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Assessing the strength of non-contemporaneous forensic speech evidence

Rhodes, Richard William (2012) Assessing the strength of non-contemporaneous forensic speech evidence. PhD thesis, University of York.

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Abstract

The aim of this thesis is to assess the impact of long term non-contemporaneity on the strength of forensic speech evidence. Speakers experience age-related changes to the voice over long delays and this time also presents the opportunity for social factors to vary. These changes are shown to impact on speech parameters used in forensic analyses. Using longitudinal data from the Up documentary series, this thesis analyses the effects of aging on forensically useful acoustic parameters in eight speakers at five seven-year intervals between ages 21 and 49. The investigation reveals significant age-related changes in real-time across adulthood. Frequencies of the first three formants in monophthongs /i: ɪ e a ɑ: ʌ ɒ ʊ & u:/ and diphthongs /eɪ & aɪ/ show comprehensive reduction. For monophthongs, F1 exhibits mean change of 8.5%, greater than F2 and F3 at 3.7% and 2.2% respectively. Vowel quality also impacts on magnitude of change in each formant. Estimations based on this data suggest that vocal tract extension and restricted articulator movement are probable drivers for acoustic change, operating on different timelines. Counter-examples to this aging pattern can generally be explained by social factors, as a result of mobility or in accordance with mainstream changes in a variety. Strength of evidence estimates for these non-contemporaneous data are calculated using a numerical likelihood ratio (LR) approach. Age-related changes result in weaker and fewer correct LRs with greater length delays. Cubic coefficients of diphthong formants are investigated in line with a formant dynamic approach. These LR tests show promising results and resilience to aging, especially in F1; tentatively suggesting that, for these speakers, some speaker-specific behaviour pervades in spite of physiological changes. This analysis raises several questions with regards to applying an overtly numerical LR approach where there is apparent mismatch between forensic samples. The effect of aging on an ASR system (BATVOX) is also tested for six male subjects. The system measures Mel-frequency cepstral coefficient (MFCC) parameters that reflect the physical properties of the vocal tract. Predicted degradation of the system’s performance with increasing age is apparent. The reduction in performance is significant, varies between speakers, and is striking in longer delays for all speakers. The degradation in strength of evidence for acoustic data from monophthongs and formant dynamic coefficients, as well as that for the ASR system, demonstrates that aging presents a real problem for forensic analysis in non-contemporaneous cases. Furthermore, aging also presents issues for speech databases for the purpose of assessing strength of evidence, where further research into distributions of parameters in different age groups is warranted.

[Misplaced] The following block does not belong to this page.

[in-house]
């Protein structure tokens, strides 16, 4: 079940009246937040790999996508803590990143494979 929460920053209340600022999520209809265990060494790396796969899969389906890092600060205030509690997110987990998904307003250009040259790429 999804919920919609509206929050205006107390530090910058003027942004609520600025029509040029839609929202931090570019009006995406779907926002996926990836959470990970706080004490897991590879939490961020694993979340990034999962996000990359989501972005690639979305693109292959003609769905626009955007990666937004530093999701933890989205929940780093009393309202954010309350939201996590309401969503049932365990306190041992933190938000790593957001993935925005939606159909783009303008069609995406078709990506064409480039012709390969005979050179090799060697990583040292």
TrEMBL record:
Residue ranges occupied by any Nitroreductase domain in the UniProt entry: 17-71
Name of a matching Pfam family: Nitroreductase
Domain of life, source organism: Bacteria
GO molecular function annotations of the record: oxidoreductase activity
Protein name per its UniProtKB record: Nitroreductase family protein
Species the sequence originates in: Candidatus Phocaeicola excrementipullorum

Item Type: Thesis (PhD)
Keywords: Forensic speech analysis, aging, non-contemporaneity, formant frequencies, ASR, likelihood ratio, mobility
Academic Units: The University of York > Language and Linguistic Science (York)
Identification Number/EthosID: uk.bl.ethos.572374
Depositing User: Mr Richard William Rhodes
Date Deposited: 20 May 2013 10:31
Last Modified: 08 Sep 2016 13:02
URI: http://etheses.whiterose.ac.uk/id/eprint/3935

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